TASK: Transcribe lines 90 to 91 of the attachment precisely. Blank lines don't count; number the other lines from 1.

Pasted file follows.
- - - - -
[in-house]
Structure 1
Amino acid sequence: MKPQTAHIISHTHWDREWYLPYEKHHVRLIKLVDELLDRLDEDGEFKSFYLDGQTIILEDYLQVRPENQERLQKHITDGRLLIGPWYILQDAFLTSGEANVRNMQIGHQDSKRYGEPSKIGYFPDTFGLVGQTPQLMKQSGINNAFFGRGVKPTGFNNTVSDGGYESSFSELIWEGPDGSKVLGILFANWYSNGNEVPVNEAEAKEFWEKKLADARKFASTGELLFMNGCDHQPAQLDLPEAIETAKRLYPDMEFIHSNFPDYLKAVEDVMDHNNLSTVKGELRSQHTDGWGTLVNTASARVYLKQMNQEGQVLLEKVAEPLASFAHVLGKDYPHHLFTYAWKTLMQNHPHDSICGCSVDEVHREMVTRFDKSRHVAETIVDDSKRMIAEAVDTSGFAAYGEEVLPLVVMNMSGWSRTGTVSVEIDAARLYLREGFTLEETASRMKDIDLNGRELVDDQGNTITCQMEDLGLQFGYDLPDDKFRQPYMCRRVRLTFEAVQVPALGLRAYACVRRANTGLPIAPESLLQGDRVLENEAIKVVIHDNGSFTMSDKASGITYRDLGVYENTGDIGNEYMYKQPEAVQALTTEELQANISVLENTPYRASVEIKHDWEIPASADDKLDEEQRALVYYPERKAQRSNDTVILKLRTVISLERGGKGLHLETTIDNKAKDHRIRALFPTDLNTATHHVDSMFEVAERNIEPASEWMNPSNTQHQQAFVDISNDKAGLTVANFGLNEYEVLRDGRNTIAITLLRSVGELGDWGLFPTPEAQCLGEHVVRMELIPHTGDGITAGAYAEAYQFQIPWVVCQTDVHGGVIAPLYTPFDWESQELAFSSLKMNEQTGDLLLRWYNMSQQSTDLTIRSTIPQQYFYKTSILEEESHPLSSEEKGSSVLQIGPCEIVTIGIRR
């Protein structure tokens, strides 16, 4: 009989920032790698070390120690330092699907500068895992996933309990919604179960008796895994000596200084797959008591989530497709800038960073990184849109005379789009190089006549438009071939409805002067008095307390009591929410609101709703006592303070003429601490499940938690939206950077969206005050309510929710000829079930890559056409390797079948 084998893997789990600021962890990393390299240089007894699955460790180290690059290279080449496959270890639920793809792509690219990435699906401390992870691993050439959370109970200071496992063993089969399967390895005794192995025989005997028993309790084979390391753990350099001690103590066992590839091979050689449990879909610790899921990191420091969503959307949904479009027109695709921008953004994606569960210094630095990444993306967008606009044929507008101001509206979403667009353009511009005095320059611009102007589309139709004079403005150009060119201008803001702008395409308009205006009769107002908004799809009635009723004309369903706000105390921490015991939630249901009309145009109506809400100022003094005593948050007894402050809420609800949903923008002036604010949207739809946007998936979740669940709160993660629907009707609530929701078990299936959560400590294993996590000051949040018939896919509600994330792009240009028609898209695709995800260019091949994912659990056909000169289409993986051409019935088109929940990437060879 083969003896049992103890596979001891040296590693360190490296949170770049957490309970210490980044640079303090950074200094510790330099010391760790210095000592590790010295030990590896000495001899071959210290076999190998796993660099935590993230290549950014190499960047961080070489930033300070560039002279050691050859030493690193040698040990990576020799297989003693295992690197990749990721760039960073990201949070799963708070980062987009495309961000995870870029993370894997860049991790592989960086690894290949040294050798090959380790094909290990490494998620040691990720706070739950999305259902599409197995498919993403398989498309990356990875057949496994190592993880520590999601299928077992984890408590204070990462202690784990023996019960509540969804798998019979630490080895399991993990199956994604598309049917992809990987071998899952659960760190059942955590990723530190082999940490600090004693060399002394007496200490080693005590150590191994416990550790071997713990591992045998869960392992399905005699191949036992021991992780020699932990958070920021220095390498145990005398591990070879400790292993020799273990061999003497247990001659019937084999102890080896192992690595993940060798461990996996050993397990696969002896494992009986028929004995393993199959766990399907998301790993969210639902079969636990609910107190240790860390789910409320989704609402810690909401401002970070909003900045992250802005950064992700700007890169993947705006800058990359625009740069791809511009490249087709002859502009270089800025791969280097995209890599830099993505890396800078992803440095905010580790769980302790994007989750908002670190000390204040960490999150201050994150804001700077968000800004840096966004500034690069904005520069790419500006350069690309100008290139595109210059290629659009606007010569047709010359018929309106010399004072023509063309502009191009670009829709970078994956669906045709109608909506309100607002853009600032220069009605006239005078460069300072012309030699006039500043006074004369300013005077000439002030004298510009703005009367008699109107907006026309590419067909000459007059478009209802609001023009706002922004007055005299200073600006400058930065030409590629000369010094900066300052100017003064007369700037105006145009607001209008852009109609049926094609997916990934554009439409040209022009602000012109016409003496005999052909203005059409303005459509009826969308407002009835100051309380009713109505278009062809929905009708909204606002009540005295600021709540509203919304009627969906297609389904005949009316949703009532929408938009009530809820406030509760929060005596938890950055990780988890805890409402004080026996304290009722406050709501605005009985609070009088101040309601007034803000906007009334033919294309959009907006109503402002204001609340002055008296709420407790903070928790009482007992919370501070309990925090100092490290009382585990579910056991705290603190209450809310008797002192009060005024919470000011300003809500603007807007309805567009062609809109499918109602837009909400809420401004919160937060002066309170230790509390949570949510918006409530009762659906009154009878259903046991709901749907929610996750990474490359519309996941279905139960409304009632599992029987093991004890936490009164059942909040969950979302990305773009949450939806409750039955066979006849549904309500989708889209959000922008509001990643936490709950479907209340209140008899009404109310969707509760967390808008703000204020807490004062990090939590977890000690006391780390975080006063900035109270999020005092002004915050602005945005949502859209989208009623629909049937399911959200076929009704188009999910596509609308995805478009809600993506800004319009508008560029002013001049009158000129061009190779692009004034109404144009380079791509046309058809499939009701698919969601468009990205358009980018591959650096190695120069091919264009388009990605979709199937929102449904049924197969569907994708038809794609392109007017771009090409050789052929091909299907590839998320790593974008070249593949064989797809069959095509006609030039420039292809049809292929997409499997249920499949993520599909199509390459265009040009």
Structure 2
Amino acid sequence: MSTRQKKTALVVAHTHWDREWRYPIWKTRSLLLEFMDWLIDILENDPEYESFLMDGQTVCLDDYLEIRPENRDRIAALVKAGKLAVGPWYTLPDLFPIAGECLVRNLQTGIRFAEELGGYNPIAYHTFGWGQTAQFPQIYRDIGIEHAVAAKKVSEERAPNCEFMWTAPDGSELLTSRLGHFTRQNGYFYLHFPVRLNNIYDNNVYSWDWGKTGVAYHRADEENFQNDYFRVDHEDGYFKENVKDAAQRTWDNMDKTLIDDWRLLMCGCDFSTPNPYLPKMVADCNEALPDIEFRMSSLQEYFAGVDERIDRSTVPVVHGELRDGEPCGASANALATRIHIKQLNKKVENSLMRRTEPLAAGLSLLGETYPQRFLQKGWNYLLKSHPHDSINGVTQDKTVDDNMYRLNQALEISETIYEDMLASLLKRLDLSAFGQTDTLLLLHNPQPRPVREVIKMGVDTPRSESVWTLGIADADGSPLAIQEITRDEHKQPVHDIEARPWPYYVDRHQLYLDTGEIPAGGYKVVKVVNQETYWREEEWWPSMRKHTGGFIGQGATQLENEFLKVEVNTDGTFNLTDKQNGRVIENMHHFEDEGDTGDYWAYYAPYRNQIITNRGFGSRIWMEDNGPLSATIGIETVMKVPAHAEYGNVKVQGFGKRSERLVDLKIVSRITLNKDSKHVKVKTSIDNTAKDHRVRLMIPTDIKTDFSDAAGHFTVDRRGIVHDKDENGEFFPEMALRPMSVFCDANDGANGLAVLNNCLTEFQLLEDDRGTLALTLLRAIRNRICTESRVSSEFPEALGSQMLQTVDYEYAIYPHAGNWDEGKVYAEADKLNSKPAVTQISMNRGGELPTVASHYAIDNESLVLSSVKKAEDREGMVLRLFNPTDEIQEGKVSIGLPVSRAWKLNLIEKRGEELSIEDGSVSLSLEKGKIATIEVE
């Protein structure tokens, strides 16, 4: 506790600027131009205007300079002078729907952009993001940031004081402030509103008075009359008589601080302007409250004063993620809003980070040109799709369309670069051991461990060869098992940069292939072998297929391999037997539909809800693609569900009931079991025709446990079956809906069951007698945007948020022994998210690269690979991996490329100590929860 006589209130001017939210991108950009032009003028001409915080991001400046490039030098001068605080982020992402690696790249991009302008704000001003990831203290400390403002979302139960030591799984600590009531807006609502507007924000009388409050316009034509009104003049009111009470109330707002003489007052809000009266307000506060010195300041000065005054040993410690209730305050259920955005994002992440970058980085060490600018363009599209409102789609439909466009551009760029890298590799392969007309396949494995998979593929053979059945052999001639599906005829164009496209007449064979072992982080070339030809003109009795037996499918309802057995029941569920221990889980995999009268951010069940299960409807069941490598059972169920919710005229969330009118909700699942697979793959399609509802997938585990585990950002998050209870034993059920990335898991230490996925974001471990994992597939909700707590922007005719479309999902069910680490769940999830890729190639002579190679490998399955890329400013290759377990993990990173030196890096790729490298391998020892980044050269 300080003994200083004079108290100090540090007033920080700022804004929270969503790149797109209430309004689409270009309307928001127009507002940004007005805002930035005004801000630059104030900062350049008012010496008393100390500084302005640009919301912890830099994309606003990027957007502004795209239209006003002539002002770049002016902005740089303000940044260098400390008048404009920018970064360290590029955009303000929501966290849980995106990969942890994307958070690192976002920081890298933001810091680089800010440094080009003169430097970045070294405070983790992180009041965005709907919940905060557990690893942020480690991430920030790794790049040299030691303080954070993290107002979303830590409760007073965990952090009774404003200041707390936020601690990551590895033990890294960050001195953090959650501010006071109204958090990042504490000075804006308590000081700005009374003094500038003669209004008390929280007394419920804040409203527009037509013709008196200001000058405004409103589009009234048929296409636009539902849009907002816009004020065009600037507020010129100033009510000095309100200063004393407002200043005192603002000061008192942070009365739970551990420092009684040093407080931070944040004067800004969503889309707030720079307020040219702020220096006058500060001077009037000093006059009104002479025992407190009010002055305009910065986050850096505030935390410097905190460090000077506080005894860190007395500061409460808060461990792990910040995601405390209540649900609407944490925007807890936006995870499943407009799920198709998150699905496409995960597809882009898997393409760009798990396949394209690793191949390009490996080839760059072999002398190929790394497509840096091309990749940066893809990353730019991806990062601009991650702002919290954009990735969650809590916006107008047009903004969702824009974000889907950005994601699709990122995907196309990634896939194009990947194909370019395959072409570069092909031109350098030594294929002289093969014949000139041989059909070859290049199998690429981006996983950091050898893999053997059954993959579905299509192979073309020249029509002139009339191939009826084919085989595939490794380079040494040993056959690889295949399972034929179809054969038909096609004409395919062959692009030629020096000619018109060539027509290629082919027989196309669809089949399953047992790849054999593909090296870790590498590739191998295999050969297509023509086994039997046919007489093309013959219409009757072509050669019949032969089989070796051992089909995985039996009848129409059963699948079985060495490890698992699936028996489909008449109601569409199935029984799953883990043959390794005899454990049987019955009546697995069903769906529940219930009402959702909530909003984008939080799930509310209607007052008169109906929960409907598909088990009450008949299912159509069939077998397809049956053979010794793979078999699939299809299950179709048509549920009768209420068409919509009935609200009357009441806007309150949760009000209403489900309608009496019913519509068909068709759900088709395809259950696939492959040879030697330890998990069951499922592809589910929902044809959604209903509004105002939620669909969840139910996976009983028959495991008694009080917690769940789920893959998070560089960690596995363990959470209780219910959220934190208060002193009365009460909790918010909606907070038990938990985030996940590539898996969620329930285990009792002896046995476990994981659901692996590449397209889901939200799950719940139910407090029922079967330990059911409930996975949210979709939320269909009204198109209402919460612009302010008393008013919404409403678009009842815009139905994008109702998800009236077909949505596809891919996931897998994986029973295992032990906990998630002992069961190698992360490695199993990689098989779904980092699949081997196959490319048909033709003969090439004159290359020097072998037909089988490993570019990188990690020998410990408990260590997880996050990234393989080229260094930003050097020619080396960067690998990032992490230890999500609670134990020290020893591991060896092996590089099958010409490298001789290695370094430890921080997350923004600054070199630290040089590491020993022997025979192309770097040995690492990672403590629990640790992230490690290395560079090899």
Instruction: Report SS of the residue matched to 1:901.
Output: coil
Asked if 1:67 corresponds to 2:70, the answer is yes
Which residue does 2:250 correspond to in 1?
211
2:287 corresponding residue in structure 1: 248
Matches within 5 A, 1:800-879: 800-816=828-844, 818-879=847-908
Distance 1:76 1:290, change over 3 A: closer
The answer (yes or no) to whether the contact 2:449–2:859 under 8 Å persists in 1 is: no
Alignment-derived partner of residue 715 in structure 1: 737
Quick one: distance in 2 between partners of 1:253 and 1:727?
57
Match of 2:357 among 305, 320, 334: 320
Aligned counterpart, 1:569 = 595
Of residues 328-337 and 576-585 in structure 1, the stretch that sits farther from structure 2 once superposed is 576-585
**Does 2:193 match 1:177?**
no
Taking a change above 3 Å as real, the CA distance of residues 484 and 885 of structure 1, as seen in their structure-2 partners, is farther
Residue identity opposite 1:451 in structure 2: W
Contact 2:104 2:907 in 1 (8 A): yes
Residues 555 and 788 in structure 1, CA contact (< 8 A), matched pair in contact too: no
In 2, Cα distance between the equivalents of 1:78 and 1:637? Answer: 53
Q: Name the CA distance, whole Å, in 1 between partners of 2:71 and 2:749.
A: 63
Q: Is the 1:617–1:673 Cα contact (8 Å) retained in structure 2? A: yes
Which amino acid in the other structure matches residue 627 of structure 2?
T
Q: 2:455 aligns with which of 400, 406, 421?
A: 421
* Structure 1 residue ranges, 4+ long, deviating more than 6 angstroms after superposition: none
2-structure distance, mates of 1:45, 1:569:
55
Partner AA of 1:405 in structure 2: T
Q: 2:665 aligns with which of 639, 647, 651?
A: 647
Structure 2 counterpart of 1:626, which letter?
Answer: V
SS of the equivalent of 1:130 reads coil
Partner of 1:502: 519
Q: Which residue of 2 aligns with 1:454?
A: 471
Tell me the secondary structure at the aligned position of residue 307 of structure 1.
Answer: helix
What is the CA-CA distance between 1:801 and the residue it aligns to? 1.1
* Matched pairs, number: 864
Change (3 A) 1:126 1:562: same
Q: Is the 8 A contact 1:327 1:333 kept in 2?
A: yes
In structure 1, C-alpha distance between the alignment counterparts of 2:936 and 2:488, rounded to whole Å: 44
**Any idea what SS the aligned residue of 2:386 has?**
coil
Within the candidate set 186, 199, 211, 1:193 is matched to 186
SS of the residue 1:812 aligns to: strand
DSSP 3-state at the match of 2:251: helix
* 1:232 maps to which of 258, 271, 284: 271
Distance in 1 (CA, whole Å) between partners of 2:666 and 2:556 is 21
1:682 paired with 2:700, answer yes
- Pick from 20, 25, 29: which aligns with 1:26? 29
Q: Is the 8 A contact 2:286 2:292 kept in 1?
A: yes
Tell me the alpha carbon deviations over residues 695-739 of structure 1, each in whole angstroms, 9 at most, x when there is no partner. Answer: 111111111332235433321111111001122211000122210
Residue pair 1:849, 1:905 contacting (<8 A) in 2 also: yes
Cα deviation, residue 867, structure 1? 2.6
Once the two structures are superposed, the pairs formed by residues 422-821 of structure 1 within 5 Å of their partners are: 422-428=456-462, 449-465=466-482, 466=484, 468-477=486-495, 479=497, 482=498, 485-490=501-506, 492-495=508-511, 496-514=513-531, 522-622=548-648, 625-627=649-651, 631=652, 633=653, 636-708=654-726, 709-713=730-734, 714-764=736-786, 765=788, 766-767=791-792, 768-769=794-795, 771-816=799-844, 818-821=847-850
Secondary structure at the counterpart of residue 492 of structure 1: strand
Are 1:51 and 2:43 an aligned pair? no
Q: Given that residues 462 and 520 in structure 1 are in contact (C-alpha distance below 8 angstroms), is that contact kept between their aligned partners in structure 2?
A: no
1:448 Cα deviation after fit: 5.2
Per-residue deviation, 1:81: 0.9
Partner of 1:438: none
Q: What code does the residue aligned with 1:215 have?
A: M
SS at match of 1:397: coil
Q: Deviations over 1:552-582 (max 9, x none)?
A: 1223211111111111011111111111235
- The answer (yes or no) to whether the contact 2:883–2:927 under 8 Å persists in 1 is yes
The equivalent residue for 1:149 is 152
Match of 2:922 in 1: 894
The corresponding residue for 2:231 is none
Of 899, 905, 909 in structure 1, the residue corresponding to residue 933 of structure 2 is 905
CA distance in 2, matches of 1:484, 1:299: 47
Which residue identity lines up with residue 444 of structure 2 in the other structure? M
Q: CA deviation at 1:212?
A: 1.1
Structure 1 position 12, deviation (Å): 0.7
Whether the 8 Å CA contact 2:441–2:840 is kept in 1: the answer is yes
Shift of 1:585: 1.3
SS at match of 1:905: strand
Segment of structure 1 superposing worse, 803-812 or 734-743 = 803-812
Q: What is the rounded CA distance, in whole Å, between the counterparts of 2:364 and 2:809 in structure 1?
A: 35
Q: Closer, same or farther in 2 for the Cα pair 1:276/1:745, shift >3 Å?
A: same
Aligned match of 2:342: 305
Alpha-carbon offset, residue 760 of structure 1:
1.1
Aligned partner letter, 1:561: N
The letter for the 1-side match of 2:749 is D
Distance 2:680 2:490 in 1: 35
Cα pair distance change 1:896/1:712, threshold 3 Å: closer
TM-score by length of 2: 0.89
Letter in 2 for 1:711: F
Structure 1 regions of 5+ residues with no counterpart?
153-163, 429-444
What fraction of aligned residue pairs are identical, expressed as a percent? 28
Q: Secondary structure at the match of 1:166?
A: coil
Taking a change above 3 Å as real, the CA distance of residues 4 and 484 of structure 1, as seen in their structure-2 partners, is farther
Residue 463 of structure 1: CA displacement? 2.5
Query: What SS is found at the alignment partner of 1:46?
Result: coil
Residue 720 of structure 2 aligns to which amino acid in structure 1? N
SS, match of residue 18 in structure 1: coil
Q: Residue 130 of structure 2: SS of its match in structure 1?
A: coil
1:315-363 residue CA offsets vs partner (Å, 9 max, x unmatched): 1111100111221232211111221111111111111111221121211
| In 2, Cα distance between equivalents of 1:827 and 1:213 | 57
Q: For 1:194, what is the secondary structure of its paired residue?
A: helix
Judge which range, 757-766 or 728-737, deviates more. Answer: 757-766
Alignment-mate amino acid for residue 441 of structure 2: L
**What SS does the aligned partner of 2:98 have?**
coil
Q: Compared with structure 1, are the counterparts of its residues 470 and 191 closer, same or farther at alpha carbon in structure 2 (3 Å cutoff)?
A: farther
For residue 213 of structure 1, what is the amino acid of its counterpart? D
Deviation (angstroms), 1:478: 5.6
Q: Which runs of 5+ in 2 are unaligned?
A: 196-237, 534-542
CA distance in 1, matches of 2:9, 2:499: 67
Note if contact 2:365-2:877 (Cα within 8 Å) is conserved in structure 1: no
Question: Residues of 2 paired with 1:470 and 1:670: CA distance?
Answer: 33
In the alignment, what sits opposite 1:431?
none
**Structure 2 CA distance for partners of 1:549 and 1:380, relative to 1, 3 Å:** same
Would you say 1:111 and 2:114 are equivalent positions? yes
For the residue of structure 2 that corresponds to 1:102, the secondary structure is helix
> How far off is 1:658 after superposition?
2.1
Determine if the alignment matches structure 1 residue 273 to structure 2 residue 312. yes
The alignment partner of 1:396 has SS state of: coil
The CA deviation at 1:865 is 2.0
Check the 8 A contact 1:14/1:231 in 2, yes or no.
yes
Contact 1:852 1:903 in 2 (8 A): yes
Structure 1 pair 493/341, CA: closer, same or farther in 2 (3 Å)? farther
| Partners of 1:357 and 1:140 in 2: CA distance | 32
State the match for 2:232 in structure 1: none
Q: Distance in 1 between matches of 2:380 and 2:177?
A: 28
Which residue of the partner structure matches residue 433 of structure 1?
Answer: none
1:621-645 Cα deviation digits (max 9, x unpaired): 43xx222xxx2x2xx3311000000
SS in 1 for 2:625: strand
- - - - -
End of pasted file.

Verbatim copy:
Which residue identity lines up with residue 444 of structure 2 in the other structure? M
Q: CA deviation at 1:212?